The authenticity of landowner consent forms to facilitate a $138 million lifestyle development on the East Coast were examined by the Tasmanian Planning Commission at a hearing on Friday.
The Cambria Green development has provoked strong local opposition which has resulted in the developers and the Glamorgan-Spring Bay Council, who approved the development in November, to be hauled before the commission on the issue of landowner consent.
The hearing centred on the validity of the letters which opponents said were riddled with errors.
Opponents also raised questions on whether the companies involved in the development had breached Australian corporation laws.
Cambria Green Agriculture and Tourism Development, an Australian-listed company, is the agent for a number of other companies that form the consortium behind the development.
Chief executive Ronald Hu told the hearing there were mistakes in the letters drafted by planners sent to the landholders - some of which he had rectified.
But he conceded there were still errors that he had overlooked once the letters were signed.
One signed letter had an incorrect company named printed at the bottom which was addressed to a different company.
Mr Hu said the documents were signed without a witness as there was no requirement to do so.
He said he was prepared to have the documents signed again with a witness such as an officer of the Australian Embassy in China.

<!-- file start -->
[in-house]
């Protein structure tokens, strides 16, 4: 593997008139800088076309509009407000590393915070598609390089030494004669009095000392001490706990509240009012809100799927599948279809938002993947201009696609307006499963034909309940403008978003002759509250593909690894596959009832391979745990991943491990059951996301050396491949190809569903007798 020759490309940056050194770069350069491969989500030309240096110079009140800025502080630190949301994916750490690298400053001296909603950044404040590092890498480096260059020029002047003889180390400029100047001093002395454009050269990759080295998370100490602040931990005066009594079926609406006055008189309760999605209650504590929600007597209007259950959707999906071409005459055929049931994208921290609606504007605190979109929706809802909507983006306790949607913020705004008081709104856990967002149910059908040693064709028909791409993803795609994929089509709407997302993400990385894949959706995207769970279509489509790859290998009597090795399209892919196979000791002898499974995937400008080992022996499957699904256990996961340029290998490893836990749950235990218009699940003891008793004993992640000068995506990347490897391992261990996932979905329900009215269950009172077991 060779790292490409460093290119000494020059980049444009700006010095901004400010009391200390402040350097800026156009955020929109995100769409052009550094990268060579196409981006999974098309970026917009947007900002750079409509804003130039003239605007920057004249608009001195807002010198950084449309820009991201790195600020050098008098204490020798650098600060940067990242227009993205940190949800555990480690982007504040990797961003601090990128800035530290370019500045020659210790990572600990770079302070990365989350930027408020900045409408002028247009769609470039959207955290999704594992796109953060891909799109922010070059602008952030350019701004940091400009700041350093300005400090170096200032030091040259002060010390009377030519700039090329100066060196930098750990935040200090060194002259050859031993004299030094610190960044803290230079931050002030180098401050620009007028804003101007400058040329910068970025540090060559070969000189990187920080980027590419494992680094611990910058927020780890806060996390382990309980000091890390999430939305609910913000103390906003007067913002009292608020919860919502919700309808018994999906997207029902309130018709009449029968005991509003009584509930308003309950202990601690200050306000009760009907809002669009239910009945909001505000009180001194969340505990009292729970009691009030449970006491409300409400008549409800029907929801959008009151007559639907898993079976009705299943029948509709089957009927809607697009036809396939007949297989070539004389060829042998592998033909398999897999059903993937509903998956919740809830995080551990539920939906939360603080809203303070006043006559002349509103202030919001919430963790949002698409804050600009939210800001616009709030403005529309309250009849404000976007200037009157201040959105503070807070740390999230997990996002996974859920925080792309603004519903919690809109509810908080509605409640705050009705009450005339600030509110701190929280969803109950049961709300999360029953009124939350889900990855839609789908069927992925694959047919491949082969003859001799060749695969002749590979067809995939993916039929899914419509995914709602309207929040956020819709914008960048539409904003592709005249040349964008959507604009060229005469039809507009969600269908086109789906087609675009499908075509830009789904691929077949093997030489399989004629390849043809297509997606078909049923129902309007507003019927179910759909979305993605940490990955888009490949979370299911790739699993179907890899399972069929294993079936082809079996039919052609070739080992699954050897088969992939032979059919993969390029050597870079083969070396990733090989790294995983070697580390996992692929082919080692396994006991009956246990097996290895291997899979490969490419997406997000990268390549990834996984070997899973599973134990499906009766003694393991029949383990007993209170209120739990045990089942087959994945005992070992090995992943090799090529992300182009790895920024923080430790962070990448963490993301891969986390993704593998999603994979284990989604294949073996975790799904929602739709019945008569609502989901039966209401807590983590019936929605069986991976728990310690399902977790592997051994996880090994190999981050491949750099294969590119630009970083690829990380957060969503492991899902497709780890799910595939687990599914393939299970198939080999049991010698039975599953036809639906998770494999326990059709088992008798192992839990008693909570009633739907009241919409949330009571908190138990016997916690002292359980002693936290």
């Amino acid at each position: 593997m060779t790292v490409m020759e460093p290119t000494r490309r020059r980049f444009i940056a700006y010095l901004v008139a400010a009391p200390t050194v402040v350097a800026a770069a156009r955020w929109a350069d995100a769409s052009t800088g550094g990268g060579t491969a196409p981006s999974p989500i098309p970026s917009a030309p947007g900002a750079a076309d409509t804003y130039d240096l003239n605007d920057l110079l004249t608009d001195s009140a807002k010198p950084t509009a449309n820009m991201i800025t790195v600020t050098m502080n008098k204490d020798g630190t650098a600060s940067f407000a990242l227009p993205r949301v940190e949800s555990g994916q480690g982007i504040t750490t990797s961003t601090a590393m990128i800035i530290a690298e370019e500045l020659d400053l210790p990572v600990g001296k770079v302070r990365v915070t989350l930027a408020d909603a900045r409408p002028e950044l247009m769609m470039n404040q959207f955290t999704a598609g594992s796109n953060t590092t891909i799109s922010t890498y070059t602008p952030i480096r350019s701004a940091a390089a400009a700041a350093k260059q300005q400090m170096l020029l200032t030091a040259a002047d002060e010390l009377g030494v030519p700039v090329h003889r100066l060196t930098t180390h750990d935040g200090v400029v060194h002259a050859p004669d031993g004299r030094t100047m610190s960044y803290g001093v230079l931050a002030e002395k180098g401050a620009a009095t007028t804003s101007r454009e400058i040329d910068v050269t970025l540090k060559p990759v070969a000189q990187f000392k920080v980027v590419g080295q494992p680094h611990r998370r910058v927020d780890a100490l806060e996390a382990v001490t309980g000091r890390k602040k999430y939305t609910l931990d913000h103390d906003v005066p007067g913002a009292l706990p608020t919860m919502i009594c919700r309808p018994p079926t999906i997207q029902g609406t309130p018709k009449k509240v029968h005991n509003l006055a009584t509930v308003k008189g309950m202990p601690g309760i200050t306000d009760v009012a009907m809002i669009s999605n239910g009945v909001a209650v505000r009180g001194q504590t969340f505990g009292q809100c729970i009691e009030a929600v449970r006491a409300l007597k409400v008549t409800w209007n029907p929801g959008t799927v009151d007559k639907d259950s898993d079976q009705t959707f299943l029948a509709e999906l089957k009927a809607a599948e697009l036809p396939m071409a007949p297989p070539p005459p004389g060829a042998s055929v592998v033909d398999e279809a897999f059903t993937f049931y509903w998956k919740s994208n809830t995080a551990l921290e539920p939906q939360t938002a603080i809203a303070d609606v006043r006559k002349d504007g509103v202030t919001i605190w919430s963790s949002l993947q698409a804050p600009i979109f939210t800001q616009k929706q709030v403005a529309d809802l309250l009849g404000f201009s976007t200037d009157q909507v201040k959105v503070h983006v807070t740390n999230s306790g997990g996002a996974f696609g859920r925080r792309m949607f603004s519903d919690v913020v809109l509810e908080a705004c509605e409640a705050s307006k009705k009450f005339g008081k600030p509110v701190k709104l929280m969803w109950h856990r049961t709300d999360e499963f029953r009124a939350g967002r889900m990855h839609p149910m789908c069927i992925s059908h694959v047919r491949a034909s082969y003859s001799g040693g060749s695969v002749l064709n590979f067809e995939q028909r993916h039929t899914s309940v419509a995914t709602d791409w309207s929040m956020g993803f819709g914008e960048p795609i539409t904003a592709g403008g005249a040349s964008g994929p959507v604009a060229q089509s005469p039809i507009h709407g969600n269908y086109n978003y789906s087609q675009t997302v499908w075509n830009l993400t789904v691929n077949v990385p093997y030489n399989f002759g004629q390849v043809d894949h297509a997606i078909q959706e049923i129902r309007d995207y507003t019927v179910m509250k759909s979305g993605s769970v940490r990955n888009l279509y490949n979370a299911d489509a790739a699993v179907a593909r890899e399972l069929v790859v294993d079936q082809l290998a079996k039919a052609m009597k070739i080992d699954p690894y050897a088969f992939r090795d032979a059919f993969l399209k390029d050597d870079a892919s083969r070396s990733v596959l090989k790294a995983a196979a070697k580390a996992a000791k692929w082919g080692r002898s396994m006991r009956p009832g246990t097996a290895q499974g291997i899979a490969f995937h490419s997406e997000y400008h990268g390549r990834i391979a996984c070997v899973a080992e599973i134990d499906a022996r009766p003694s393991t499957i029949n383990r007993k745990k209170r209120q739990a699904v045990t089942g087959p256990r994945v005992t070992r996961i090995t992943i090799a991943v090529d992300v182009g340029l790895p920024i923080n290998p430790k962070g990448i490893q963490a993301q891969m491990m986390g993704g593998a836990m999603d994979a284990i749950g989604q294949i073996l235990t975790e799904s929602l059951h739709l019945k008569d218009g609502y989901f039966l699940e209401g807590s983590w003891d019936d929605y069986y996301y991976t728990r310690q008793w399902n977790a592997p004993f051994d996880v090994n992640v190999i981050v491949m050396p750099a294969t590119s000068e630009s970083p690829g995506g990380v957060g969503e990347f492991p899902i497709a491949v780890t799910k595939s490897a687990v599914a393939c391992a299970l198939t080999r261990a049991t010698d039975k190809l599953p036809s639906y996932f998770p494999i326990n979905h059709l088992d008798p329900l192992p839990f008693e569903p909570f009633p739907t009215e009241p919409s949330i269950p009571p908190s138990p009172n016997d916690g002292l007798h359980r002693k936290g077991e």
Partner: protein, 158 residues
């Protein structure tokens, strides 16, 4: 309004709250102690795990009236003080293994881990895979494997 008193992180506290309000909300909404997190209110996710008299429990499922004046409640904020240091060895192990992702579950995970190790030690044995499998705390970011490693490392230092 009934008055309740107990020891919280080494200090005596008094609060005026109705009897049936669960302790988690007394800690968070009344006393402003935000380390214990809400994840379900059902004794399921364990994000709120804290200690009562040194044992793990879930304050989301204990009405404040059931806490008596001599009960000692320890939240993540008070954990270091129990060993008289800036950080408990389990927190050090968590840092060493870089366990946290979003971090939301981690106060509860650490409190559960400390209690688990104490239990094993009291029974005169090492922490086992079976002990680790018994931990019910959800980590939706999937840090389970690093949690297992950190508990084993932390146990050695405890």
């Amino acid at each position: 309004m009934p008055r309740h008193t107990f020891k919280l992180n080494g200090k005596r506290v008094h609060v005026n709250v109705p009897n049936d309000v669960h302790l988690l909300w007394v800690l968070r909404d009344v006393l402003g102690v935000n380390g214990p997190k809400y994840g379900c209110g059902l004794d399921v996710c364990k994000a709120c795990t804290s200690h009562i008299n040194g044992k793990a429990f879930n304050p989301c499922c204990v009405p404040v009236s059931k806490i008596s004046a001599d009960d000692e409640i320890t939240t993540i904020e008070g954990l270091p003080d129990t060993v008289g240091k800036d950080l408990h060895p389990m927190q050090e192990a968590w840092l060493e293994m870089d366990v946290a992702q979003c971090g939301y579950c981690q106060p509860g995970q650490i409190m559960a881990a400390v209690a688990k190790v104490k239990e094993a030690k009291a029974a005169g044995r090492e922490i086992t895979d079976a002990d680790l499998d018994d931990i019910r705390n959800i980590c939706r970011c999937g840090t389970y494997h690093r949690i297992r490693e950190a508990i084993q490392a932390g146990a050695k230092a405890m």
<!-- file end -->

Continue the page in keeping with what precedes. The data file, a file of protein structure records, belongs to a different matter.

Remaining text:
"That's no issue - I'm not sure why we are arguing about that," Mr Hu said.
"Initially the documents did not require that detailed information."
Mr Hu said he thought the signatures were handwritten but opponents to the development expressed belief that they were signed with an electronic signature.
He could not provide written evidence at the hearing to state when he was made chief executive of Cambria Green Agriculture and Tourism Development.
Mr Hu said he was appointed to the position by Liu Keijing, a 100-per-cent shareholder of the company, through emails and face-to-face conversations.
Mr Lui's signature appears on consent letters for seven different companies.
Mr Hu said Mr Lui had authority from landowners to sign these letters.
The development at Dolphin Sands is proposed to include 139 villas and units at the Cambria Homestead Precinct, 161 units and villas along the river, an 80-unit health retreat, golf course, 20 accommodation units at the golf range, and a 150-room resort.